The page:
Most of the time I can make connections and find insight I didn't realize was there. It's pretty cool.

    I think it's from years of training myself to do this though.

    Great post!

  7. I'm with Jordan - I've gotten mostly character ideas and some partial concepts. I find my best time for ruffling the plot bunnies' tails and rousting them a bit is that time right between falling asleep and dreamland. That special time right between falling asleep and dreamland & waking up from dreamland. Some of my best resolves happen there - maybe because I'm finally a bit relaxed.

  8. I wish my muse communicated nocturnally. I usually am working out some weird emotional drama in the dreams I remember. But like someone else mentioned, I find that I get some of my best writing thoughts in the state between sleep and wakefulness. Maybe my inhibitions and ability to censor myself are less alert.

  9. I was once stuck in a hotel at a conference and couldn't sleep - room felt haunted and it was a historic hotel so it was possible. But that night I dreamed up an entire book - ran like a movie. Had to get up and jot it all down. Needless to say I want in great shape at the conference the following day - I needed caffeine infusions! Haven't written book yet but it's on my to do list.

  10. My usual philosophy regarding dreams is that if I still remember details of the dream 6 hours after waking then I need to pursue something related to it.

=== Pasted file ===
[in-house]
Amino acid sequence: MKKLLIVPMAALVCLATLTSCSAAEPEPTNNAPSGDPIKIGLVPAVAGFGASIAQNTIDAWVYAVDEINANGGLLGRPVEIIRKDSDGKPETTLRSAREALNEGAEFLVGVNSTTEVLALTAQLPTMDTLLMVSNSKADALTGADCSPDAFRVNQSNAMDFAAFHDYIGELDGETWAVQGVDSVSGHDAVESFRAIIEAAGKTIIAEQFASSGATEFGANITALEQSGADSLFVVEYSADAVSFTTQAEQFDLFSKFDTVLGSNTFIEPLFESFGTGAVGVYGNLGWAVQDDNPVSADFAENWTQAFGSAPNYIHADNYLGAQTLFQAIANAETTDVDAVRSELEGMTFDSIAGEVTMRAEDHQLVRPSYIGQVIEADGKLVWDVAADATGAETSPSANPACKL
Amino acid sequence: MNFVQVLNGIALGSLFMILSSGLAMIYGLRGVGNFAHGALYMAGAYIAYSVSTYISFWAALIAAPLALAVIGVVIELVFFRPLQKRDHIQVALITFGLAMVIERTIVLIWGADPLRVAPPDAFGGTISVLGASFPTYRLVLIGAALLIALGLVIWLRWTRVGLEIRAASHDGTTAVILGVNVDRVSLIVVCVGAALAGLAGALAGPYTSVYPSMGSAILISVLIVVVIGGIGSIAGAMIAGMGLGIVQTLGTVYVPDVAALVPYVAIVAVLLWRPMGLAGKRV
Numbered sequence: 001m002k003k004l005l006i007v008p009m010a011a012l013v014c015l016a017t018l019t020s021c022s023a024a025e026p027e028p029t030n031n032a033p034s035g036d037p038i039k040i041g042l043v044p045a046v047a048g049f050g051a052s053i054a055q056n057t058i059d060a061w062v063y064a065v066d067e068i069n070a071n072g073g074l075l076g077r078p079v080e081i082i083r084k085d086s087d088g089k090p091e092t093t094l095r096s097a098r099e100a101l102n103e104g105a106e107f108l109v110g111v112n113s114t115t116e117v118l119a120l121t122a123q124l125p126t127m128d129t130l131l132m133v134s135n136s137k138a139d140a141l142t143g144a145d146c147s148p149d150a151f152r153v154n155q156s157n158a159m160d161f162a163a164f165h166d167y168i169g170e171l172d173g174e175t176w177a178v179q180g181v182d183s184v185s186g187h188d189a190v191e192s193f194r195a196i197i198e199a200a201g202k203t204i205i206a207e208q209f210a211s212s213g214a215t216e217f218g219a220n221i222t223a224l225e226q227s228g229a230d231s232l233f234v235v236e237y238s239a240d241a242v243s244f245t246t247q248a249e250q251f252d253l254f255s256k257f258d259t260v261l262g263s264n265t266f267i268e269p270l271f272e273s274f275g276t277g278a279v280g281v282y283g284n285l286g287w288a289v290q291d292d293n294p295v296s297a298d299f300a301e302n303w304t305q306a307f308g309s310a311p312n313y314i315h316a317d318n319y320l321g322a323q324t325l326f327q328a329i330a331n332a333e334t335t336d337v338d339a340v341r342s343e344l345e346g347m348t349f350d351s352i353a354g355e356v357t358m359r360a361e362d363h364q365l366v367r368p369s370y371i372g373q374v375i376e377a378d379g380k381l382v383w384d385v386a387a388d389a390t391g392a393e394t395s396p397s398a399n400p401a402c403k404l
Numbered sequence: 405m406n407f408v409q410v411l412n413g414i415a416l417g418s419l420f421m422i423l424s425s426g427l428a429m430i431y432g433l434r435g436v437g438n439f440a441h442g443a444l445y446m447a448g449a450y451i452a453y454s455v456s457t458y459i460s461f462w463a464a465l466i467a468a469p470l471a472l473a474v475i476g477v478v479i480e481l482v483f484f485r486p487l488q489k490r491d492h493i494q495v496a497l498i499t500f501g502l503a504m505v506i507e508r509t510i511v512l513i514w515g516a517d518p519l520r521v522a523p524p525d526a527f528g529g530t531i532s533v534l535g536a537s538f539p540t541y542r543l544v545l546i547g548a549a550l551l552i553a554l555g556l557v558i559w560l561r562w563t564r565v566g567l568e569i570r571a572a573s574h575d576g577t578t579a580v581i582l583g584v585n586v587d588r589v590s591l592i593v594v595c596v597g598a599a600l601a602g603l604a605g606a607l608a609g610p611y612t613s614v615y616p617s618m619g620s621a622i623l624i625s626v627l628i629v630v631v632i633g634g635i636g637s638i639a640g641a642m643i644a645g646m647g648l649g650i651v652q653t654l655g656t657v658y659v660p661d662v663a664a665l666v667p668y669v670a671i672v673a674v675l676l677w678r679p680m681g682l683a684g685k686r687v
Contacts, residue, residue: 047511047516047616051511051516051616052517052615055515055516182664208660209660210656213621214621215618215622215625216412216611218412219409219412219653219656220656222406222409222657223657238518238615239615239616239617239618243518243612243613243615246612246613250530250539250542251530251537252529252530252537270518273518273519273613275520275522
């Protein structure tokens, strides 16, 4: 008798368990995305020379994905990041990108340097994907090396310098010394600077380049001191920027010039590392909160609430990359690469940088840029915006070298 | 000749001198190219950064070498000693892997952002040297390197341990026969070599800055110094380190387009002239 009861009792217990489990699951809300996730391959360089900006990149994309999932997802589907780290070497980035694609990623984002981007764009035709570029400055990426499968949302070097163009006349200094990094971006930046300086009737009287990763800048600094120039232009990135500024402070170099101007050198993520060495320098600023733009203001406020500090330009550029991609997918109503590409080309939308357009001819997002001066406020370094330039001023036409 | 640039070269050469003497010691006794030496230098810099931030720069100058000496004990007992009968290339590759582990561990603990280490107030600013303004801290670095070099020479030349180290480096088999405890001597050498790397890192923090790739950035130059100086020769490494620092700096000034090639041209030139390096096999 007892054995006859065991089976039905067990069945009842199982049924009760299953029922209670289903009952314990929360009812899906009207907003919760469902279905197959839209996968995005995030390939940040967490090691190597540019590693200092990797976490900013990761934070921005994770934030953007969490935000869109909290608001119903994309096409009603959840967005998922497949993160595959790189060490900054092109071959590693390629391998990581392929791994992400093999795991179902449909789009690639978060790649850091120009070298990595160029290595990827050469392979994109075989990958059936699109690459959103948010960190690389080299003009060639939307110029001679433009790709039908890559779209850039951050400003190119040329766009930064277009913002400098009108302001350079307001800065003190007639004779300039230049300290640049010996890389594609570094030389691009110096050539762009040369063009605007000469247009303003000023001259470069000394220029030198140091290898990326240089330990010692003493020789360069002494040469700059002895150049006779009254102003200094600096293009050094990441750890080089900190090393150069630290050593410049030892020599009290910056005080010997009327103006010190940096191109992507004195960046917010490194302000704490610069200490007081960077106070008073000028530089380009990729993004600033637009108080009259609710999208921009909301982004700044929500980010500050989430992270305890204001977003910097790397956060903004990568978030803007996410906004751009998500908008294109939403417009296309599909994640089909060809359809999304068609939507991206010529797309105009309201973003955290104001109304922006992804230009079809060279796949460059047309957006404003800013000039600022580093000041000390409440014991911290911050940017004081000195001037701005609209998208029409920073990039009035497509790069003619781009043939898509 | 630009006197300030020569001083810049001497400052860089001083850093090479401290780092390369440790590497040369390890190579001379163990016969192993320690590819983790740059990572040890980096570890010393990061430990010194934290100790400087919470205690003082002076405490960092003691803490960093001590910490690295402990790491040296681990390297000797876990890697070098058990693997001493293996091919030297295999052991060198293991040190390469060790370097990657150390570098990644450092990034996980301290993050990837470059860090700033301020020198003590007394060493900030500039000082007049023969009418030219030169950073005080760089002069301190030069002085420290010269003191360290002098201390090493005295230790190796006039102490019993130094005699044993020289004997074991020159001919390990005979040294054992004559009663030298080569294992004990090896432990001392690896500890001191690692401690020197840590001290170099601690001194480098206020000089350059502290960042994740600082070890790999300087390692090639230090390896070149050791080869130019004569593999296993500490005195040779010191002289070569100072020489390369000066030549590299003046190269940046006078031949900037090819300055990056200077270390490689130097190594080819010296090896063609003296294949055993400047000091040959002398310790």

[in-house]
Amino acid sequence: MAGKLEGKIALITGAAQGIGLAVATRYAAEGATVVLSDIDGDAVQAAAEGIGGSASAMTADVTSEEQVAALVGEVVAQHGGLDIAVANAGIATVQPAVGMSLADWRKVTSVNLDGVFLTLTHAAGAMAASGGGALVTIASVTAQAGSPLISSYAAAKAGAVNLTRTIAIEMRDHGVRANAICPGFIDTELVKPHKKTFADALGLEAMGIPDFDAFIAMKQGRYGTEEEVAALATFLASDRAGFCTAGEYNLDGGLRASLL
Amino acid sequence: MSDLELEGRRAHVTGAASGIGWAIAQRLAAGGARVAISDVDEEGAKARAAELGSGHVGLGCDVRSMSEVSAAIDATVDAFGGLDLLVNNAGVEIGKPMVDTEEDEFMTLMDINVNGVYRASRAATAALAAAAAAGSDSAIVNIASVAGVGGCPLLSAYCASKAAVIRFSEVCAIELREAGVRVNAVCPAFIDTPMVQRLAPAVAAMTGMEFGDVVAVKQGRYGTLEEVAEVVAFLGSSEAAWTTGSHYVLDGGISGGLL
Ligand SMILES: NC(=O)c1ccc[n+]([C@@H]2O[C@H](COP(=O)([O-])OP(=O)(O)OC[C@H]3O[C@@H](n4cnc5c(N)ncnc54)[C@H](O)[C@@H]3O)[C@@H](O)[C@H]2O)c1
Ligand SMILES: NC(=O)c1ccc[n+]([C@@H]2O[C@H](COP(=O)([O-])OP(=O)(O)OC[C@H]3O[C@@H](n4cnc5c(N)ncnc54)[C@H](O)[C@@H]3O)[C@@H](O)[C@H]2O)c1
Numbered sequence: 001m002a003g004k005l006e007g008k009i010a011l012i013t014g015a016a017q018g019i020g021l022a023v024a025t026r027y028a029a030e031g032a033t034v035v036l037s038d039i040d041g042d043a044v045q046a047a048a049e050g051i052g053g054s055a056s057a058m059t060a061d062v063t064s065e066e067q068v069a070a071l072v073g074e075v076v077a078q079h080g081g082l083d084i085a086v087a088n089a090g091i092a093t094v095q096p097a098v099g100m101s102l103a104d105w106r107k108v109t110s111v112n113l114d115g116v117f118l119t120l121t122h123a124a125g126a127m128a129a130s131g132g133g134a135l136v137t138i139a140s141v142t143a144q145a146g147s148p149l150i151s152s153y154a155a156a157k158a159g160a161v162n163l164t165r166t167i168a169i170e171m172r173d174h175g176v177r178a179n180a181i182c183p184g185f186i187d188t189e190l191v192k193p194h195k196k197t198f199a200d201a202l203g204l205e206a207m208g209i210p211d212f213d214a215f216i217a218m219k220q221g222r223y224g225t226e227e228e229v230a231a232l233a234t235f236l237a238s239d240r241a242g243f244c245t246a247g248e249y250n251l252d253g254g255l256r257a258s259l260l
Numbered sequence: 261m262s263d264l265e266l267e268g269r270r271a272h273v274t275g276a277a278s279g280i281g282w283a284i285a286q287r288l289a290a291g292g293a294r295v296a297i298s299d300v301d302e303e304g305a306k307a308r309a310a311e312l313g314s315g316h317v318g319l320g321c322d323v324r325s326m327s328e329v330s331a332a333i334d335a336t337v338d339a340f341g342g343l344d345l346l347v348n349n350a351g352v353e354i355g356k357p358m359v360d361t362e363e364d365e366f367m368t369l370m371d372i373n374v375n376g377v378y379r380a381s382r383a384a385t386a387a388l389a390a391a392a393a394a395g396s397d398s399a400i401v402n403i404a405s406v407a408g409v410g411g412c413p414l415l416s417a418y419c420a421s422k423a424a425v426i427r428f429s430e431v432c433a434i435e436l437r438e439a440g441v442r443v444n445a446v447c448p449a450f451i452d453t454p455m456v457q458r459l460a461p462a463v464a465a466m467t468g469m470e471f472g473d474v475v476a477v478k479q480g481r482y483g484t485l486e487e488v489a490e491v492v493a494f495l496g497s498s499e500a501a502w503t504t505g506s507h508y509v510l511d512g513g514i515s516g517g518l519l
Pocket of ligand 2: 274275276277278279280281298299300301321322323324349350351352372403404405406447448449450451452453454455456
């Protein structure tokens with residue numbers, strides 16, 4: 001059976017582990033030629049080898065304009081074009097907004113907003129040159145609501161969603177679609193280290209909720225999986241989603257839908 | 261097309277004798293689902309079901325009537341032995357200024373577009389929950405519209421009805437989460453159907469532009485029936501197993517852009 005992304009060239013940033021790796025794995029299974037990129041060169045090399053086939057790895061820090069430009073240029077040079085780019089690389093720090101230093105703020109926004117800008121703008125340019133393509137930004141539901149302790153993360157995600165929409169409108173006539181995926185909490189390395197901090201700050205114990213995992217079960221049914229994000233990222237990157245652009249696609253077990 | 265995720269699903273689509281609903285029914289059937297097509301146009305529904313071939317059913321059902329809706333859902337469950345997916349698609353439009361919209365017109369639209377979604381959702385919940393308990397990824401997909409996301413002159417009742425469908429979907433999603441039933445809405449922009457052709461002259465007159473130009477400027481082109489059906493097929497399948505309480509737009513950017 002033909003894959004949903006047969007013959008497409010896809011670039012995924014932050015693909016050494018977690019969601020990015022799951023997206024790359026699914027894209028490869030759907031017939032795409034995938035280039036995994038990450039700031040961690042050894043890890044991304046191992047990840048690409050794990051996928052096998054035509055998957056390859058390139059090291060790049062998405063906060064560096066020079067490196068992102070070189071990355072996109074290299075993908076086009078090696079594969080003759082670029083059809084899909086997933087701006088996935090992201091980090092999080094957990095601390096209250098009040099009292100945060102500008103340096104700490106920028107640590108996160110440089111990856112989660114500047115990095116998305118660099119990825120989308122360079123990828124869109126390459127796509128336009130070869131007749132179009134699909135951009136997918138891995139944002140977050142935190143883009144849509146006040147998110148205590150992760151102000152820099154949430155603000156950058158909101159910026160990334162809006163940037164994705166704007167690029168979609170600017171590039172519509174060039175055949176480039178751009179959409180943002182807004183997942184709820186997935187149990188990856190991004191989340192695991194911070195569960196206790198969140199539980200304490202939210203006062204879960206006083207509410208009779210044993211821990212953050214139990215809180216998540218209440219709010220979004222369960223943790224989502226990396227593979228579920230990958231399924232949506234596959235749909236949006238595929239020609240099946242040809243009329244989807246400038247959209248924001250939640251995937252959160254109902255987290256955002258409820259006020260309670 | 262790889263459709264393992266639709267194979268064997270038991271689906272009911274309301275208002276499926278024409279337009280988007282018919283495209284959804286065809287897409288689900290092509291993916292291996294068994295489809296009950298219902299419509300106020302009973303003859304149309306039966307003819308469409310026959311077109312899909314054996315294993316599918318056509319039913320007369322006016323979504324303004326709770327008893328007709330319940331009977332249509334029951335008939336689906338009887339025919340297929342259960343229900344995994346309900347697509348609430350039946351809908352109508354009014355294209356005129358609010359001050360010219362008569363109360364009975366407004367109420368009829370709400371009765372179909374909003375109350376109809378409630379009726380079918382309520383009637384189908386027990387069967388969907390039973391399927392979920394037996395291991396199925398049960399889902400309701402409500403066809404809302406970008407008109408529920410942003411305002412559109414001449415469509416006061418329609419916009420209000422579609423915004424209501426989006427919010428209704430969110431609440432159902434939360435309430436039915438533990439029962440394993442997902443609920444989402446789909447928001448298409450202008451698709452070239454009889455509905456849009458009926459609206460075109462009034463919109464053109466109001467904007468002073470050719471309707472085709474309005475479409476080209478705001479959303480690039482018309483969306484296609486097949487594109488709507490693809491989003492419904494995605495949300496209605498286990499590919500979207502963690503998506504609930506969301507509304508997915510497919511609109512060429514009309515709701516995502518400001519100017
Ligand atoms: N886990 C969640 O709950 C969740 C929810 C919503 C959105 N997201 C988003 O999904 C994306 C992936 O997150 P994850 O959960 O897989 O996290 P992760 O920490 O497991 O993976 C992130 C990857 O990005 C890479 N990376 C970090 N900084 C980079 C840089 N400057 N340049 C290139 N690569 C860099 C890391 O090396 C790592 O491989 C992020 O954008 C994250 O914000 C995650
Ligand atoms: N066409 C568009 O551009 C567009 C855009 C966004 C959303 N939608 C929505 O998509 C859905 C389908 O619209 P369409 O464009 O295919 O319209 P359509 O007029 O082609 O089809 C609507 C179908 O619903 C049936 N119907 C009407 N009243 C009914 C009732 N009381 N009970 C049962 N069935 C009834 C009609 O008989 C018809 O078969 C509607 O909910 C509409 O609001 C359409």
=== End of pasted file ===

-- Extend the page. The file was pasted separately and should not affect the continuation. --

The book I'm working on now came from one dream and involves elements from another dream. In the first I was staring at, and puzzled by, a fire along the highway outside of town that wouldn't go out, even though it was pouring rain. The second dream involved a massive disaster while I was away from my family. After being told my family was lost, I could believe it and kept searching, knowing they were still alive and waiting for me to find them.

    Those elements are being worked into my current WIP.

  11. Last night I dreamt my dog fell in a messy toilet and I had to clean her up. So you can see my dreams are useless!

    But I DO seem to get good stuff in the twilight time just as I wake up. Maybe the left side of the brain isn't awake yet so the right brain roams free. It seems to be the "golden hour" when my characters talk to me. I have gotten in the habit of waking up around dawn and just laying there listening. Very strange...

  12. Thanks for all the great comments! I also love that golden hour just before sleep or waking up--only problem is that that's the time I realize I need to rewrite something, and a new wording occurs to me. I have to get up to avoid losing the inspiration.

  13. My Boys in the Woodshop have been extremely active as of late. Maybe it's because of my new electric mattress pad. (Creepy thought.) While falling asleep, I always give them a few assignments. Seriously, I'm counting on them to come through. Sometimes, all I find in the morning is sawdust.

  14. I dreamed an entire novel last night, it was amazing! So interesting and exciting, a true thriller! I dreamed that I was reading that novel, but it all came true, I also met the author of my dream novel in my dream, she was an interesting old woman.
    I googled her name, couldn't find anything in RL resembling to it.
    Did you wrote down what you had dreamed about?
    It seems so complicated, I don't know how to start...
    But it was the best dream ever, I swear, it was better than any movie I ever watched.